Tucking my son in on an ordinary Tuesday night I struggled to be grateful.
My head was full of laundry, overwhelm and a ridiculous state of tired. The tired that comes from not sleeping well the night before, worrying over dumb things and cramming too much in one day.
As part of our bedtime ritual, we usually like to read a devotion together. This night's devotion was about a "cheerful heart" and being grateful. If there could be any more of an anti-example of cheerful heart, I was definitely it.
Instead of the usual "God bless so and so" sort of rote prayer we do, I asked my son if he would like to play "The Grateful Game." I figured naming our blessings out loud might help me to catch some gratitude. Or at least help me think about something else besides how tired I was.
Listening to my 7 year old son speak about his blessings grounded me in ways I could not imagine. He began "Mom, I'm grateful for parents because some kids don't have any."
"Yes," I said humbly, "that is true."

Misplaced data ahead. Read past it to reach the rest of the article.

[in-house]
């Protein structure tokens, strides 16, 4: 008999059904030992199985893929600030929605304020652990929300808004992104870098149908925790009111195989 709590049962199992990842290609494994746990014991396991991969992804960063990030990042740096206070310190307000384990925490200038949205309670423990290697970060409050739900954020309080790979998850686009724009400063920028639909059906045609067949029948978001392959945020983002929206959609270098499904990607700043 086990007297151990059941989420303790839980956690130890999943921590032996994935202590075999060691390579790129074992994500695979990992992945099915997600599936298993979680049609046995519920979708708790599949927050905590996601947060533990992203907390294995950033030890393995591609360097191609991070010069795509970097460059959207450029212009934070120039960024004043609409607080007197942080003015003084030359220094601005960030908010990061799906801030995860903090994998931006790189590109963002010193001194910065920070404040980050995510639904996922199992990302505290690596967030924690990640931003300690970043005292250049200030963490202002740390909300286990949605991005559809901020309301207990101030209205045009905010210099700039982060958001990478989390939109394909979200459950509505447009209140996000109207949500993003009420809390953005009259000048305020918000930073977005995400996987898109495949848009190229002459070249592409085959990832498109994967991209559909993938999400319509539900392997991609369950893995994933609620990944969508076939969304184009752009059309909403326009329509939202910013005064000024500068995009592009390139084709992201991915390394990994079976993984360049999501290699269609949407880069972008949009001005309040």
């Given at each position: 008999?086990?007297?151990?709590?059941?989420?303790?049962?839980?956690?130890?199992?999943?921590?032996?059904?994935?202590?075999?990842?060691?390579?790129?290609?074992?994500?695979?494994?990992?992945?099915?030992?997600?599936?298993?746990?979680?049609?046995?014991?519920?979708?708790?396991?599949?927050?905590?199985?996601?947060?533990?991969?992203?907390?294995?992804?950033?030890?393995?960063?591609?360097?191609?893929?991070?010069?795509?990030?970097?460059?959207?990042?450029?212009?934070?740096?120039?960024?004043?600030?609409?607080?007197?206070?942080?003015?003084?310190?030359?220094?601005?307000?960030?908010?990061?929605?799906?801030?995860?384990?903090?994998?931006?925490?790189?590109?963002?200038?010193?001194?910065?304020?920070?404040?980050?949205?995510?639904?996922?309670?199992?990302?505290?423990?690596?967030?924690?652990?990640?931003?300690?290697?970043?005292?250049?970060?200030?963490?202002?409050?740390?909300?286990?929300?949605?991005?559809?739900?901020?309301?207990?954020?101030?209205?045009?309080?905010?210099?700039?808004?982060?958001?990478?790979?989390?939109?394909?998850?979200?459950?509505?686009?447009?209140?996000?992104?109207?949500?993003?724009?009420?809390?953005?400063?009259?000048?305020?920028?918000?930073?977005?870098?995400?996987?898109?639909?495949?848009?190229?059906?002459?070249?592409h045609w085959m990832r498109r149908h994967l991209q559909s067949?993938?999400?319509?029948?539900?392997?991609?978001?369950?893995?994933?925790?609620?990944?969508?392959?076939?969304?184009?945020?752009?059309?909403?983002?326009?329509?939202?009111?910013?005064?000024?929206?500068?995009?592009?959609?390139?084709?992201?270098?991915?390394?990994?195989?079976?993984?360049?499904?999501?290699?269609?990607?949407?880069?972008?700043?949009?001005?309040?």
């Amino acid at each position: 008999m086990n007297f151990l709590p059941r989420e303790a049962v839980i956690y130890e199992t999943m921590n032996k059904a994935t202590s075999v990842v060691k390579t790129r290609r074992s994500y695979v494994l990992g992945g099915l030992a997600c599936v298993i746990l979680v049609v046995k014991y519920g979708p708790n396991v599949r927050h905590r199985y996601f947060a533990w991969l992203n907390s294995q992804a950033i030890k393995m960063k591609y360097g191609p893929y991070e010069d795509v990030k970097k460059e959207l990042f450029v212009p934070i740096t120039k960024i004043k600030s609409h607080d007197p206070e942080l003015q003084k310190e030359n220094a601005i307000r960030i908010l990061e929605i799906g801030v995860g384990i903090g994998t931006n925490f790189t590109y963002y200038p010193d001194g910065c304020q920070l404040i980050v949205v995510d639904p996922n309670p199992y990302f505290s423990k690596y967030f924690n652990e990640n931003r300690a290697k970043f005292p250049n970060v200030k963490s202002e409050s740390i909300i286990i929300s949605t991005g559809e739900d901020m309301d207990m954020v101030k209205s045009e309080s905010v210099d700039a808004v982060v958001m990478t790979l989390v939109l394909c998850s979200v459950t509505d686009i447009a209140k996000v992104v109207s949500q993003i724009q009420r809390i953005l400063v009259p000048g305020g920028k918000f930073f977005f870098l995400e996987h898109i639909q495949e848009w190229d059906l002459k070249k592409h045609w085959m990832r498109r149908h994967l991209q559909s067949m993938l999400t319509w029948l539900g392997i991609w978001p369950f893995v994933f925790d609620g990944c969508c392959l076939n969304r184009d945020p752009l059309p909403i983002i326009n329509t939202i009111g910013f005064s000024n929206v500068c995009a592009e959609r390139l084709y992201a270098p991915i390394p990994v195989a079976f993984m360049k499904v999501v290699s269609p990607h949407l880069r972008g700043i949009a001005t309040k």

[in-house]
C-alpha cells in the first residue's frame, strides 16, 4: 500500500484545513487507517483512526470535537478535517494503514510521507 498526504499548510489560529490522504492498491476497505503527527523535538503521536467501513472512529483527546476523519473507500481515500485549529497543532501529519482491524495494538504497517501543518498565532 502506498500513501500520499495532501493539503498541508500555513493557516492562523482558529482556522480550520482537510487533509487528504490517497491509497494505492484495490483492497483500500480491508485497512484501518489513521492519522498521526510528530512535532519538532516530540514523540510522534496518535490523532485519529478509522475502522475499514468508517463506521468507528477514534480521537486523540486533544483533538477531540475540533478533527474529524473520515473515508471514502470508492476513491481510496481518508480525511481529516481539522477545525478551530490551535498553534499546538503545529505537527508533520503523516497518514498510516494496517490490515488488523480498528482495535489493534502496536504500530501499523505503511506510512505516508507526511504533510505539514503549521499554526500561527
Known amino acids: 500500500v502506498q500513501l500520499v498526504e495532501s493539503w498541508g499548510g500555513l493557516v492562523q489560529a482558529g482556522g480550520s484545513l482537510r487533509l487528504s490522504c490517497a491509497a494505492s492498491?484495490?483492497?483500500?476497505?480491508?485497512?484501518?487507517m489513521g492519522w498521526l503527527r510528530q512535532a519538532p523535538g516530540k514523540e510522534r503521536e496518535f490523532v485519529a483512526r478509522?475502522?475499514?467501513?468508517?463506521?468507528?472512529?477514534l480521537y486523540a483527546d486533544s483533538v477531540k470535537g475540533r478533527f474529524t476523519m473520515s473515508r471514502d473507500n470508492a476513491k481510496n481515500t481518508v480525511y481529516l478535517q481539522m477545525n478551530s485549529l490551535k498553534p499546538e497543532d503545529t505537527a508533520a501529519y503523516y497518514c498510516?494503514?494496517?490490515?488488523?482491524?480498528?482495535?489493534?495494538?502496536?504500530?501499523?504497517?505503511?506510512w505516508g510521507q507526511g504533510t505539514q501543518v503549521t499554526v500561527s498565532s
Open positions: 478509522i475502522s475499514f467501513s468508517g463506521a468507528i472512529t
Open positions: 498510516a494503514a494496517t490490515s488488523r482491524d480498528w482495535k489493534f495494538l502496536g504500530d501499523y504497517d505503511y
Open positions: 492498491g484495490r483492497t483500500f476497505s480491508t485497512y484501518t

"Mom, I'm also grateful for having food and a home and my bed, there are so many kids around the world that don't even have any food at all or a place to sleep."
"Those are all great things to be grateful for," I said feeling my tiredness slip away.
"Mom I'm grateful for my stuffed animals because they snuggle with me in bed when I'm alone and scared. And I am really grateful I have $30 saved in my bank."
The more he continued, my heart melted to how beautiful it was to witness my own son's gratitude. His simple statements of appreciation allowed me to bask in the wonder of his abundance. I couldn't help but feel that same humble appreciation.
Tucking him in that night was a worn out mom who could think of nothing else but what was missing. After the grateful game, I was a mom with a renewed sense of abundance, courtesy of a seven year old.